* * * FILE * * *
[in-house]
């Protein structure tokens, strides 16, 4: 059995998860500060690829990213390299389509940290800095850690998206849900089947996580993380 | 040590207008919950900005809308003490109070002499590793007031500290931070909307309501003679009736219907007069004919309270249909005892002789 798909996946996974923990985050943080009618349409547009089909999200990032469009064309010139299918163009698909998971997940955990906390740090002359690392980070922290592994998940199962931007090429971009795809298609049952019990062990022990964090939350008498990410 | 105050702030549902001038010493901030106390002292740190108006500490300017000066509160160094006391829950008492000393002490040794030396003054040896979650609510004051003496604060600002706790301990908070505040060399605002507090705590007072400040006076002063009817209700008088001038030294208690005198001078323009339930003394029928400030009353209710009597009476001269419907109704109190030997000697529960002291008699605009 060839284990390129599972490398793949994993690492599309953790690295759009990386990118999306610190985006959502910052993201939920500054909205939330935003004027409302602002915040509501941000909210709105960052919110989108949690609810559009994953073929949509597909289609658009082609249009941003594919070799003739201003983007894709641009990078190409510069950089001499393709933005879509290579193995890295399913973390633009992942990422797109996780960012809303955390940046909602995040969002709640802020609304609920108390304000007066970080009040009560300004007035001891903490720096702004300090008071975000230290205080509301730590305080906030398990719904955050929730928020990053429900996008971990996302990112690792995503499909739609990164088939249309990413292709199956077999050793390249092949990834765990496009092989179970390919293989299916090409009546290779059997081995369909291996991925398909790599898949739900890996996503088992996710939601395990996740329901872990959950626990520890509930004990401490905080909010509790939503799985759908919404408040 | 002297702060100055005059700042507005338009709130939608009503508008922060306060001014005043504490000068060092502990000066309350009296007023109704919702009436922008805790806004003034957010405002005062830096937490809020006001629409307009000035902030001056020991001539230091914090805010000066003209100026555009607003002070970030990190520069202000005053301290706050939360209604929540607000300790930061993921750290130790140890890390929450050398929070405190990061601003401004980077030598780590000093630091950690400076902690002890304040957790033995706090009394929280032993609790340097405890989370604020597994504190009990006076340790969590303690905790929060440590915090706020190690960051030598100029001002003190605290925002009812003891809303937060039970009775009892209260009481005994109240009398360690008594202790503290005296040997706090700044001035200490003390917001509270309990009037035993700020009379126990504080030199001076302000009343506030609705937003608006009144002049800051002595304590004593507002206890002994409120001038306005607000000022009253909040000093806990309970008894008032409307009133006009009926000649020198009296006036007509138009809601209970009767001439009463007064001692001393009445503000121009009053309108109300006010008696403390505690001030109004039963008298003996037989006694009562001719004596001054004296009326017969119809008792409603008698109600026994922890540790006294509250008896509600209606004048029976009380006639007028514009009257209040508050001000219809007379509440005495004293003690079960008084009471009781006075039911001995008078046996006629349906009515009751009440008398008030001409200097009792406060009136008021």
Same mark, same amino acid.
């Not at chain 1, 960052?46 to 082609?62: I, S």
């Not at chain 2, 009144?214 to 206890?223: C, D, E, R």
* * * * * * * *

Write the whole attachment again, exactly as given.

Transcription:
[in-house]
């Protein structure tokens, strides 16, 4: 059995998860500060690829990213390299389509940290800095850690998206849900089947996580993380 | 040590207008919950900005809308003490109070002499590793007031500290931070909307309501003679009736219907007069004919309270249909005892002789 798909996946996974923990985050943080009618349409547009089909999200990032469009064309010139299918163009698909998971997940955990906390740090002359690392980070922290592994998940199962931007090429971009795809298609049952019990062990022990964090939350008498990410 | 105050702030549902001038010493901030106390002292740190108006500490300017000066509160160094006391829950008492000393002490040794030396003054040896979650609510004051003496604060600002706790301990908070505040060399605002507090705590007072400040006076002063009817209700008088001038030294208690005198001078323009339930003394029928400030009353209710009597009476001269419907109704109190030997000697529960002291008699605009 060839284990390129599972490398793949994993690492599309953790690295759009990386990118999306610190985006959502910052993201939920500054909205939330935003004027409302602002915040509501941000909210709105960052919110989108949690609810559009994953073929949509597909289609658009082609249009941003594919070799003739201003983007894709641009990078190409510069950089001499393709933005879509290579193995890295399913973390633009992942990422797109996780960012809303955390940046909602995040969002709640802020609304609920108390304000007066970080009040009560300004007035001891903490720096702004300090008071975000230290205080509301730590305080906030398990719904955050929730928020990053429900996008971990996302990112690792995503499909739609990164088939249309990413292709199956077999050793390249092949990834765990496009092989179970390919293989299916090409009546290779059997081995369909291996991925398909790599898949739900890996996503088992996710939601395990996740329901872990959950626990520890509930004990401490905080909010509790939503799985759908919404408040 | 002297702060100055005059700042507005338009709130939608009503508008922060306060001014005043504490000068060092502990000066309350009296007023109704919702009436922008805790806004003034957010405002005062830096937490809020006001629409307009000035902030001056020991001539230091914090805010000066003209100026555009607003002070970030990190520069202000005053301290706050939360209604929540607000300790930061993921750290130790140890890390929450050398929070405190990061601003401004980077030598780590000093630091950690400076902690002890304040957790033995706090009394929280032993609790340097405890989370604020597994504190009990006076340790969590303690905790929060440590915090706020190690960051030598100029001002003190605290925002009812003891809303937060039970009775009892209260009481005994109240009398360690008594202790503290005296040997706090700044001035200490003390917001509270309990009037035993700020009379126990504080030199001076302000009343506030609705937003608006009144002049800051002595304590004593507002206890002994409120001038306005607000000022009253909040000093806990309970008894008032409307009133006009009926000649020198009296006036007509138009809601209970009767001439009463007064001692001393009445503000121009009053309108109300006010008696403390505690001030109004039963008298003996037989006694009562001719004596001054004296009326017969119809008792409603008698109600026994922890540790006294509250008896509600209606004048029976009380006639007028514009009257209040508050001000219809007379509440005495004293003690079960008084009471009781006075039911001995008078046996006629349906009515009751009440008398008030001409200097009792406060009136008021």
Same mark, same amino acid.
């Not at chain 1, 960052?46 to 082609?62: I, S």
């Not at chain 2, 009144?214 to 206890?223: C, D, E, R």